Death is controlled by Jesus. He controls it. “I have the keys of Death and Hade.” (1:18). A key is the symbol of authority. Jesus says, “I have authority over them. I speak and death listens. I speak and death obeys.” This means that because Jesus has authority over death, He has the ability to turn death into gain, for you, for me and for all who trust in Him. This is really good news!
Since our last CROSS conference, a close friend of mine named Jonathan became really sick. This is the brother who has personally taught me more about missions than anybody else I know. We served together alongside each other for years. He had started a business in Afghanistan, because he wanted to shine the light of Christ there. But a few years ago they found a tumor on Jonathan’s brain. He’s about my age. He fought that tumor for years. It was getting worse.
I was flying in from a trip overseas when I received word that doctors had said it was time to move from treating the tumor to just trying to keep him comfortable. So I immediately got off the plane in Atlanta and went to Birmingham instead of going straight to Metro Washington. I went to his house and just sat by his bedside. We talked for hours late into the night. He whispered most of the time and it took a lot of energy for him to have a conversation. We reminisced, laughed, cried, prayed and talked about Scripture. Scripture was just flowing from him. We talked about family, about mission strategy.
There was one point when I had to step out so the palliative care people could talk with him and he could sign some papers basically saying they could let him die. I came back in while they were setting up a bed for him in his room. He just looked me and whispered, “David, God is good.” He told me about calling his three kids into the room earlier that day—they’re 14, 12 and 9—and explaining to them what it means to bring in hospice for their dad. He looked at his kids who were crying and told them, “Kids, know this and believe this. Don’t forget that God is good.”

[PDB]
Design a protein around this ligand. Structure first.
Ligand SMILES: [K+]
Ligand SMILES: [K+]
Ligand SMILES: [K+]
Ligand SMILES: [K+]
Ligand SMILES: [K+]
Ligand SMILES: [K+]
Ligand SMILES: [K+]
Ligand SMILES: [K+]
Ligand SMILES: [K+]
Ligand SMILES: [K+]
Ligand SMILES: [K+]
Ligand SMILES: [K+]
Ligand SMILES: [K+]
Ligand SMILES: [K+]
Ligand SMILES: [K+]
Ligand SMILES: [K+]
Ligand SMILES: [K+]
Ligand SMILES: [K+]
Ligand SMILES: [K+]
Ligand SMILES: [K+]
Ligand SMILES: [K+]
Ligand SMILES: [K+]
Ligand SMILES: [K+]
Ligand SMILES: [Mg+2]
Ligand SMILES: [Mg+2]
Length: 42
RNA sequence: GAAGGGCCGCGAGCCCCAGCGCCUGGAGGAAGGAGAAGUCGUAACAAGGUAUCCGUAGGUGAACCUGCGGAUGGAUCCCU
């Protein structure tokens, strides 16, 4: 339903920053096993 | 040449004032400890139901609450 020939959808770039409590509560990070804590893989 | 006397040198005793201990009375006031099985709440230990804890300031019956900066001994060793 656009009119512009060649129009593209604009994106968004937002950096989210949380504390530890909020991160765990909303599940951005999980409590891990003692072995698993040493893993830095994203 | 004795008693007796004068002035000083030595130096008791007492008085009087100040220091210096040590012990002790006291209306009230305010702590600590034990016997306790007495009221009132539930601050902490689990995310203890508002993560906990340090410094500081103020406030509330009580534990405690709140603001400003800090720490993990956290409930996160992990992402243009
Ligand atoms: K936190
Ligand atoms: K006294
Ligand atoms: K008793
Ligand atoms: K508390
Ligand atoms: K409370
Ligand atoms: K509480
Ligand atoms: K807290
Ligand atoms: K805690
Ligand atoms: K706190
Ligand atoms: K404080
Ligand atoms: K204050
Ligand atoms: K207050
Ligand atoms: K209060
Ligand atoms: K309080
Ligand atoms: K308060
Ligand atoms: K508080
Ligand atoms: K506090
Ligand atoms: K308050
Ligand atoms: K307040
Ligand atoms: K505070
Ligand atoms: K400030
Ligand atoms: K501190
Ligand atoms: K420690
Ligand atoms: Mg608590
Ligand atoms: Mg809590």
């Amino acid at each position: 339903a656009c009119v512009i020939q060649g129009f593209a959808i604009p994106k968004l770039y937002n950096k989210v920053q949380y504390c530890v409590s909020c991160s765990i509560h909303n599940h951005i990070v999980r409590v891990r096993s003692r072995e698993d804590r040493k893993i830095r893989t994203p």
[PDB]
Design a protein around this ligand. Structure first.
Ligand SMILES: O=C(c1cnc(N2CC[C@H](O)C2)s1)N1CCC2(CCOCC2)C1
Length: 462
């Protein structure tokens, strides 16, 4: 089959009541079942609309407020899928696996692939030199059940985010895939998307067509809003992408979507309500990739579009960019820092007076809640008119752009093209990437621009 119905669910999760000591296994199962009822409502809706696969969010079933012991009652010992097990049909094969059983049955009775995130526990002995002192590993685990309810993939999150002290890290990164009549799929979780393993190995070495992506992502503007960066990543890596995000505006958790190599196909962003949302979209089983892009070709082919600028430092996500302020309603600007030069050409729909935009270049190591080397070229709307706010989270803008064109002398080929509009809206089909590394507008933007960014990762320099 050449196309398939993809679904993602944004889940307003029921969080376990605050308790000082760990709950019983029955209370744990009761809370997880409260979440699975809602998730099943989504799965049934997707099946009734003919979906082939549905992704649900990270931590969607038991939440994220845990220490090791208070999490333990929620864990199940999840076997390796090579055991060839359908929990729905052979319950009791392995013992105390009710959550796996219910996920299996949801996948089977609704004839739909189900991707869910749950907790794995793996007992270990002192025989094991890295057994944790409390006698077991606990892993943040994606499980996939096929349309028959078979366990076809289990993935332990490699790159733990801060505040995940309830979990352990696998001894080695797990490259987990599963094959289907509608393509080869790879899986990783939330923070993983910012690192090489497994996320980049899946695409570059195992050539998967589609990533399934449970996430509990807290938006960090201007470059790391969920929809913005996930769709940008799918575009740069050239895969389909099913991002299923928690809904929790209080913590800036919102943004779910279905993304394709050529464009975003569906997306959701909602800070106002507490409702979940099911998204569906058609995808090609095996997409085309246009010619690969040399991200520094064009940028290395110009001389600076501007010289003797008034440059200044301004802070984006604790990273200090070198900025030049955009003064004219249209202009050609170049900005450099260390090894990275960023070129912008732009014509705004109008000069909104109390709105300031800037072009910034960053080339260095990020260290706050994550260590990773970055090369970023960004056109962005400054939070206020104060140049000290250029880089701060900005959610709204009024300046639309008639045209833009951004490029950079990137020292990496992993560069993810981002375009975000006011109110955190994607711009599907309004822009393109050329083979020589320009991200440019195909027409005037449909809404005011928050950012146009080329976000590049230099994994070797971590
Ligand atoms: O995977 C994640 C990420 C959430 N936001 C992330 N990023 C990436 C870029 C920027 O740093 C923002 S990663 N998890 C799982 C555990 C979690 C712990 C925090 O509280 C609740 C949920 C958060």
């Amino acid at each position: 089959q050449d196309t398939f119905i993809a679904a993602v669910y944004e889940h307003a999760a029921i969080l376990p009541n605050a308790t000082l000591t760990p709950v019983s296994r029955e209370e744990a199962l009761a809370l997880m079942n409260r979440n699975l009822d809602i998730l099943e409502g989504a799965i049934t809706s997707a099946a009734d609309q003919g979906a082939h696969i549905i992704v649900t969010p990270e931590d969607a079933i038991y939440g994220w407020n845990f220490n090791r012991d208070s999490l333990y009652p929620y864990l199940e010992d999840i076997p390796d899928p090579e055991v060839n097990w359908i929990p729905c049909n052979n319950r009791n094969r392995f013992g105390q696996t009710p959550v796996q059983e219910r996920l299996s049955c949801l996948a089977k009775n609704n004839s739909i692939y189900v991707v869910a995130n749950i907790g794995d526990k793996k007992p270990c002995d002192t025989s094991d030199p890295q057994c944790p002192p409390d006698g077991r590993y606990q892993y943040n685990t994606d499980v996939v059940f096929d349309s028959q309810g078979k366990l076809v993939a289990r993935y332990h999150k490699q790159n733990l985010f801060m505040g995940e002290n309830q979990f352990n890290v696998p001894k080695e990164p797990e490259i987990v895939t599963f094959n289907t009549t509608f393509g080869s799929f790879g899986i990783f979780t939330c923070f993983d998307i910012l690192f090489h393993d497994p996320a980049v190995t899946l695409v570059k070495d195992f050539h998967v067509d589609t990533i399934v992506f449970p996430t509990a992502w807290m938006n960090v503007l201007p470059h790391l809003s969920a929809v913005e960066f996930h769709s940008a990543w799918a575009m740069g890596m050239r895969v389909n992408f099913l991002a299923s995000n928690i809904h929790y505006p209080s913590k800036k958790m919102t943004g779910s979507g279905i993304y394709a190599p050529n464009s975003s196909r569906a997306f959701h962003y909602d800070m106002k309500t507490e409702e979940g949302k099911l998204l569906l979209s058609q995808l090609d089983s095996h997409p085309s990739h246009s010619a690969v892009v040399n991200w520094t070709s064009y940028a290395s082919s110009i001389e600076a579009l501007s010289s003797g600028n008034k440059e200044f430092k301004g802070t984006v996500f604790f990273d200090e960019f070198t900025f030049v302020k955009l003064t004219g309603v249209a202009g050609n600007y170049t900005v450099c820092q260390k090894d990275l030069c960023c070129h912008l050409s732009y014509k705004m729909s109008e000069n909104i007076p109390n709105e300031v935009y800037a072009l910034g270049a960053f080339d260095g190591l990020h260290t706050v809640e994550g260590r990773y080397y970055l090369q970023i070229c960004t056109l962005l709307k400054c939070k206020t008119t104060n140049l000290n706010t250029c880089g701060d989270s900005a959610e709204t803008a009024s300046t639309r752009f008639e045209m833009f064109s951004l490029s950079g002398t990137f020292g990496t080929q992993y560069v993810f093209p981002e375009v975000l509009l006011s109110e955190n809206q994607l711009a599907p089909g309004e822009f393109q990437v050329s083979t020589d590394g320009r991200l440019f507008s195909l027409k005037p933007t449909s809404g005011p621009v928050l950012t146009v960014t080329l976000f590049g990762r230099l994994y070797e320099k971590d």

A couple weeks later he was surrounded by his wife and those three kids, who love and adore their dad, along with some friends who shared life with him. They gathered around his bed, they were praying, reading the Word and singing, but they could tell things were getting close. They sang, “Because He lives,” with that powerful last verse, “Then one day I’ll cross the river, I’ll fight life’s final war with pain. And then as death gives way to victory, I’ll see the lights of glory and I’ll know He reigns.” They sang that last verse, then my brother in Christ, Jonathan, took his last breath. Praise God, Jesus is in control of death and He turns it into life.